The invention also employs an anti-IGF-1R antibody that binds the same antigen or epitope as a human anti-IGF-1R antibody. The invention may also employ an anti-IGF-1R antibody that cross-competes with a human anti-IGF-1R antibody. In a preferred embodiment, the human anti-IGF-1R antibody is 2.12.1, 2.13.2, 2.14.3, 3.1.1, 4.9.2, 4.17.3 or 6.1.1. In another preferred embodiment, the human anti-IGF-1R comprises one or more CDRs from an antibody selected from 2.12.1, 2.13.2, 2.14.3, 3.1.1, 4.9.2, 4.17.3 or 6.1.1

The invention can also be practiced using an anti-IGF-1R antibody that comprises variable sequences encoded by a human κ gene. In a preferred embodiment, the variable sequences are encoded by either the Vκ A27, A30 or O12 gene family. In a preferred embodiment, the variable sequences are encoded by a human Vκ A30 gene family. In a more preferred embodiment, the light chain comprises no more than ten amino acid substitutions from the germline Vκ A27, A30 or O12, preferably no more than six amino acid substitutions, and more preferably no more than three amino acid substitutions. In a preferred embodiment, the amino acid substitutions are conservative substitutions.

In a preferred embodiment, the VL of the anti-IGF-1R antibody contains the same amino acid substitutions, relative to the germline amino acid sequence, as any one or more of the VL of antibodies 2.12.1, 2.13.2, 2.14.3, 3.1.1, 4.9.2, 4.17.3 or 6.1.1.

In another preferred embodiment, the light chain comprises an amino acid sequence that is the same as the amino acid sequence of the VL of 2.12.1, 2.13.2, 2.14.3, 3.1.1, 4.9.2, 4.17.3 or 6.1.1. In another highly preferred embodiment, the light chain comprises amino acid sequences that are the same as the CDR regions of the light chain of 2.12.1, 2.13.2, 2.14.3, 3.1.1, 4.9.2, 4.17.3 or 6.1.1. In another preferred embodiment, the light chain comprises an amino acid sequence from at least one CDR region of the light chain of 2.12.1, 2.13.2, 2.14.3, 3.1.1, 4.9.2, 4.17.3 or 6.1.1.

The present invention can also be carried out using an anti-IGF-1R antibody or portion thereof comprising a human heavy chain or a sequence derived from a human heavy chain. In one embodiment, the heavy chain amino acid sequence is derived from a human VH DP-35, DP-47, DP-70, DP-71 or VIV-4/4.35 gene family. In a preferred embodiment, the heavy chain amino acid sequence is derived from/a human VH DP-47 gene family. In a more preferred embodiment, the heavy chain comprises no more than eight amino acid changes from germline VH DP-35, DP-47, DP-70, DP-71 or VIV-4/4.35, more preferably no more than six amino acid changes, and even more preferably no more than three amino acid changes.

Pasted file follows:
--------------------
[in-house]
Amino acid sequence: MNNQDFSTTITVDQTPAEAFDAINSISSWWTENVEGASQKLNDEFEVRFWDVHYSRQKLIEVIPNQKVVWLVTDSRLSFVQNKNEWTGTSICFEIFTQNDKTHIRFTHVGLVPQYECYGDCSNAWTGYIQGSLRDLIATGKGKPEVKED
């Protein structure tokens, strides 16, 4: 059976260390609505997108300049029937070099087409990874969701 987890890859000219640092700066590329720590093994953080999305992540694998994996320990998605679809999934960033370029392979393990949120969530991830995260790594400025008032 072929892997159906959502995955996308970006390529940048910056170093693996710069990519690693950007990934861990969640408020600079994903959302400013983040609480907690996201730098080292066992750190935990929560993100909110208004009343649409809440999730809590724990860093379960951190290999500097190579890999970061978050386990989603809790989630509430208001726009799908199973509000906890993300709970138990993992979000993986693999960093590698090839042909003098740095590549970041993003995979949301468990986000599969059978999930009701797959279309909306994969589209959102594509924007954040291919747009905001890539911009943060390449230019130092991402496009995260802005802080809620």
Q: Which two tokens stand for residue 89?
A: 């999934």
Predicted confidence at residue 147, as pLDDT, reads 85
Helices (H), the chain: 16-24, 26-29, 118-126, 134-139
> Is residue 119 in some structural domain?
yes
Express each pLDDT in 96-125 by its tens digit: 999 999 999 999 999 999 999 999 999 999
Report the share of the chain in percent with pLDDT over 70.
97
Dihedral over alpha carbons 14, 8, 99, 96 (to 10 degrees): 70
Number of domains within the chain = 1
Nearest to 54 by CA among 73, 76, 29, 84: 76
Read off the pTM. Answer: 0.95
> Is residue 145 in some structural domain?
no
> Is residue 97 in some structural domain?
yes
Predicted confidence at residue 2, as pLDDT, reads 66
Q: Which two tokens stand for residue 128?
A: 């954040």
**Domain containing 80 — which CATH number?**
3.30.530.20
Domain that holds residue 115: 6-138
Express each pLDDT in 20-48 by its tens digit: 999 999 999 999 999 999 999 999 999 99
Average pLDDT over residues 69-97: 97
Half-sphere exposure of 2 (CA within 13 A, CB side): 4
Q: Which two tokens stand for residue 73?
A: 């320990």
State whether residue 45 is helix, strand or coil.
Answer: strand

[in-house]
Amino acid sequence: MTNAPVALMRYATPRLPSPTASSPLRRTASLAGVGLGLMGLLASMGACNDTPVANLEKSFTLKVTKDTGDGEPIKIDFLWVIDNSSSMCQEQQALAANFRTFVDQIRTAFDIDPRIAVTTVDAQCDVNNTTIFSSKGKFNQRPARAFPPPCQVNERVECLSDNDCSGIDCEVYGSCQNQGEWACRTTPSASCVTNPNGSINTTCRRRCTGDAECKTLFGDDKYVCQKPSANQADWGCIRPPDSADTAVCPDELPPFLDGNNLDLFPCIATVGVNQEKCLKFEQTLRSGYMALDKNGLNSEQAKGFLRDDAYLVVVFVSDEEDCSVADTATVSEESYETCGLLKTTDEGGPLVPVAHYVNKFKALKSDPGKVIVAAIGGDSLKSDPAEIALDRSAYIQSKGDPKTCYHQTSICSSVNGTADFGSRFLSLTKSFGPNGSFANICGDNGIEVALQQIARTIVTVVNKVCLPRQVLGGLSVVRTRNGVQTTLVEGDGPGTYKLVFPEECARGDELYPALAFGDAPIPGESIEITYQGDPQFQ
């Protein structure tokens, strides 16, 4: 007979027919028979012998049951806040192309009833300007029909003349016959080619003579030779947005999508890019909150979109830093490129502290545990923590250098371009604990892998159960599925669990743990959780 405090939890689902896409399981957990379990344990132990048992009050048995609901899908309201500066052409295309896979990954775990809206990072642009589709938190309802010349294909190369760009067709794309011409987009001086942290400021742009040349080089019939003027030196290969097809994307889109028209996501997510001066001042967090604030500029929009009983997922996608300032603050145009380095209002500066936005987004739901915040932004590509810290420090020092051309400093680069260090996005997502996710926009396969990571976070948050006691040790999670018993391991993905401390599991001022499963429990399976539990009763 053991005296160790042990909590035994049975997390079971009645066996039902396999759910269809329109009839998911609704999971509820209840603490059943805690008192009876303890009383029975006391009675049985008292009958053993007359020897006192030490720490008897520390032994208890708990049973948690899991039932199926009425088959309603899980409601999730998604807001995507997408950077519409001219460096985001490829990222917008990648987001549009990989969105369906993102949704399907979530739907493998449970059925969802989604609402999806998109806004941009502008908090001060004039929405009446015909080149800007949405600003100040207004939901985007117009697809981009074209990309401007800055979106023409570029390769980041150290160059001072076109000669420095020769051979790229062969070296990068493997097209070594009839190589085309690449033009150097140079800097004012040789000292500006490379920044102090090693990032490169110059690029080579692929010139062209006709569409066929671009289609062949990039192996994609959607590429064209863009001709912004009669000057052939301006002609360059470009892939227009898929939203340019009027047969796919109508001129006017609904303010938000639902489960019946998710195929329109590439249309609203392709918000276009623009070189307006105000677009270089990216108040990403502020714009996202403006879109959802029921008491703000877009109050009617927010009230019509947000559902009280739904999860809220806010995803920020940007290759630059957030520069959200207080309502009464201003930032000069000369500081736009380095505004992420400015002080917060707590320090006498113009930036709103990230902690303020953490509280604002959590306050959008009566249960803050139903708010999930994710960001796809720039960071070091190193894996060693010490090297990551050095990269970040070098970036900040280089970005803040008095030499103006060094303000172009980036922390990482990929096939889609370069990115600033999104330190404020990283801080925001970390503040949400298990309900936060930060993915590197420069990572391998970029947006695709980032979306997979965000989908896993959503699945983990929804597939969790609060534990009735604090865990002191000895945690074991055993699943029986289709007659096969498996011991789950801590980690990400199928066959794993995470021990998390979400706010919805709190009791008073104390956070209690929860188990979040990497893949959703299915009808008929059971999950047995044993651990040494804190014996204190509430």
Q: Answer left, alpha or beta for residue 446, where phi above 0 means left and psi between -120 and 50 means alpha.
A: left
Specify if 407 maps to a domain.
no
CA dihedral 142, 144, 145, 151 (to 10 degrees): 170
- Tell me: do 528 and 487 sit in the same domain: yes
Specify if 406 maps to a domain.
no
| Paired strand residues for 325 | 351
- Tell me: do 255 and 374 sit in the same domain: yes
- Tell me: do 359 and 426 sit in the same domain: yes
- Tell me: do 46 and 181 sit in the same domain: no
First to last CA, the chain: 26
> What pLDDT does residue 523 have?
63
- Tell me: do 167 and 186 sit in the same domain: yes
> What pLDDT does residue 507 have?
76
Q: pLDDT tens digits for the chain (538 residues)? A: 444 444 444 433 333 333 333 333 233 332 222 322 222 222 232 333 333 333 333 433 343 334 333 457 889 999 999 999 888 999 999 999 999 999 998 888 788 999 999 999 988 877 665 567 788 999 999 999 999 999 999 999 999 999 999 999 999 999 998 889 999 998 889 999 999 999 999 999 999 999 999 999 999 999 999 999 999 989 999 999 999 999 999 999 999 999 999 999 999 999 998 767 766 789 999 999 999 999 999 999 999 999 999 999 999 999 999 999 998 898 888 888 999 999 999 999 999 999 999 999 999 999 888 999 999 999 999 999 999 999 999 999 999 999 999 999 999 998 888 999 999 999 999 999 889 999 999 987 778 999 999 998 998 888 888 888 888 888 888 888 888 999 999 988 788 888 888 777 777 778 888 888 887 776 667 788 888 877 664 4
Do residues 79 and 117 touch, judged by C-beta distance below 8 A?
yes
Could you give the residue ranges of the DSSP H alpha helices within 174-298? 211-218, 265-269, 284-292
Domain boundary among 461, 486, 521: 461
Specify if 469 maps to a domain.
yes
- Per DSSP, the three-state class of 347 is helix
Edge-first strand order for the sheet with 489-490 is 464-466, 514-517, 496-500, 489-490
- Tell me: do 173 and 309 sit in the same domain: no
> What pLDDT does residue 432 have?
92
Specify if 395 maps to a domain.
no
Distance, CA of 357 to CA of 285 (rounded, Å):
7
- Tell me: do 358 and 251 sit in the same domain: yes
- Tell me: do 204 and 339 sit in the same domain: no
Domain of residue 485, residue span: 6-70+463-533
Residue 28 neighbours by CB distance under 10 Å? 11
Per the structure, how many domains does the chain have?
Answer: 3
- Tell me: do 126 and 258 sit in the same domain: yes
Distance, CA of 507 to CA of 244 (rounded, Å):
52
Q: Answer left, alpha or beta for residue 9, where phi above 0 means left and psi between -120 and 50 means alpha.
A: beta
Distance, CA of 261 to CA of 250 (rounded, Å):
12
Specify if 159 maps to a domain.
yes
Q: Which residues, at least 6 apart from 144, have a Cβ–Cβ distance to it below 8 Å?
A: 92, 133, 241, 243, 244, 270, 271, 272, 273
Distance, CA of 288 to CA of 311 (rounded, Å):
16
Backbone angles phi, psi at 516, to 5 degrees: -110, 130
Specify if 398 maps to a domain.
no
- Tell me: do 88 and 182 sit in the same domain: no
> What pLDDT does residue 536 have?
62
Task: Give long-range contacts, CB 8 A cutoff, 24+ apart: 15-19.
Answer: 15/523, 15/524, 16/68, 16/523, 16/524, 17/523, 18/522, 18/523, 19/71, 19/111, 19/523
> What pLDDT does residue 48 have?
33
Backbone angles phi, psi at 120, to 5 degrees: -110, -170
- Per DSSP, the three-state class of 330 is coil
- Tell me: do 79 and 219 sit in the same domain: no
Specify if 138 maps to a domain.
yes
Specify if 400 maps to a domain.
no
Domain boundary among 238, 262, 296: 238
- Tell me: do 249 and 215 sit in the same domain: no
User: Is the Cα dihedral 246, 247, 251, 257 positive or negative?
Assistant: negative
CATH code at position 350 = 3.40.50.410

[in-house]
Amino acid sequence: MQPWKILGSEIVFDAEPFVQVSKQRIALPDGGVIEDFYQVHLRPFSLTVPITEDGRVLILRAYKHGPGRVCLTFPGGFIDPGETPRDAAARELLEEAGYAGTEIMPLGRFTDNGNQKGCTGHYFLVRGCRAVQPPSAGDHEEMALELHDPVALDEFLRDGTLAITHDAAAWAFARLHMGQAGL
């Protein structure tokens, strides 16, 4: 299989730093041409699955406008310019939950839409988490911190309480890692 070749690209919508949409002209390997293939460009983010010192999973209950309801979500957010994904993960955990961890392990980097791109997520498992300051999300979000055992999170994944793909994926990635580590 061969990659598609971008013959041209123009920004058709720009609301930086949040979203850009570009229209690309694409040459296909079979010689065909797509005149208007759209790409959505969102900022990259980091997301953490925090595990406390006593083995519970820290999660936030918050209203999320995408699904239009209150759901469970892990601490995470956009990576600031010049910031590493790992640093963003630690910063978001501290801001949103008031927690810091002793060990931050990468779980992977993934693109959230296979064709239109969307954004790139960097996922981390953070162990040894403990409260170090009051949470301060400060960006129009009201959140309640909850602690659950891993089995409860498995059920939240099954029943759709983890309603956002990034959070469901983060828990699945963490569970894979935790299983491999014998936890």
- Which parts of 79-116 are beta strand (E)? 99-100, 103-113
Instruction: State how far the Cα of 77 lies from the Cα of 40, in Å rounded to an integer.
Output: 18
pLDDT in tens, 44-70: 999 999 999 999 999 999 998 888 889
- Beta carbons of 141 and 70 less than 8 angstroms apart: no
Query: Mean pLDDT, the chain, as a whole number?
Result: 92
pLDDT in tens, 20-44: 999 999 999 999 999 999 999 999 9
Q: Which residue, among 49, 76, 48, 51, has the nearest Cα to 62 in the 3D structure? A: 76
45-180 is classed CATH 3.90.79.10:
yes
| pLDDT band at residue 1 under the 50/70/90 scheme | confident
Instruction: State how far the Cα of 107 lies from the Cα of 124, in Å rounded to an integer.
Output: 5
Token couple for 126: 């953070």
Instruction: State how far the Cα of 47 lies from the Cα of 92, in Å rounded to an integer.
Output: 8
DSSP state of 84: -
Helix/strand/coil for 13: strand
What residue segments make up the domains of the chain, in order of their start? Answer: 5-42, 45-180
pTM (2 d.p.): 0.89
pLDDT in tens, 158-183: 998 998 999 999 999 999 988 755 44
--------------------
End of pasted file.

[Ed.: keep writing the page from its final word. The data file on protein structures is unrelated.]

In a preferred embodiment, the VH of the anti-IGF-1R antibody contains the same amino acid substitutions, relative to the germline amino acid sequence, as any one or more of the VH of antibodies 2.12.1, 2.13.2, 2.14.3, 3.1.1, 4.9.2, 4.17.3 or 6.1.1. In another embodiment, the amino acid substitutions are made in the same position as those found in any one or more of the VH of antibodies 2.12.1, 2.13.2, 2.14.3, 3.1.1, 4.17.3., 4.9.2 or 6.1.1, but conservative amino acid substitutions are made rather than using the same amino acid.

In another preferred embodiment, the heavy chain comprises an amino acid sequence that is the same as the amino acid sequence of the VH of 2.12.1, 2.13.2, 2.14.3, 3.1.1, 4.9.2, 4.17.3 or 6.1.1. In another highly preferred embodiment, the heavy chain comprises amino acid sequences that are the same as the CDR regions of the heavy chain of 2.12.1, 2.13.2, 2.14.3, 3.1.1, 4.9.2, 4.17.3 or 6.1.1. In another preferred embodiment, the heavy chain comprises an amino acid sequence from at least one CDR region of the heavy chain of 2.12.1, 2.13.2, 2.14.3, 3.1.1, 4.9.2, 4.17.3 or 6.1.1. In another preferred embodiment, the heavy chain comprises amino acid sequences from CDRs from different heavy chains. In a more preferred embodiment, the CDRs from different heavy chains are obtained from 2.12.1, 2.13.2, 2.14.3, 3.1.1, 4.9.2, 4.17.3 or 6.1.1.

In another embodiment, the invention employs an anti-IGF-1R antibody that inhibits the binding of IGF-1 to IGF-1R or the binding of IGF-2 to IGF-1R. In a preferred embodiment, the IGF-1R is human. In another preferred embodiment, the anti-IGF-1R antibody is a human antibody. In another embodiment, the antibody or portion thereof inhibits binding between IGF-1R and IGF-1 with an IC50 of no more than 100 nM. In a preferred embodiment, the IC50 is no more than 10 nM. In a more preferred embodiment, the IC50 is no more than 5 nM. The IC50 can be measured by any method known in the art. Typically, an IC50 can be measured by ELISA or RIA. In a preferred embodiment, the IC50 is measured by RIA.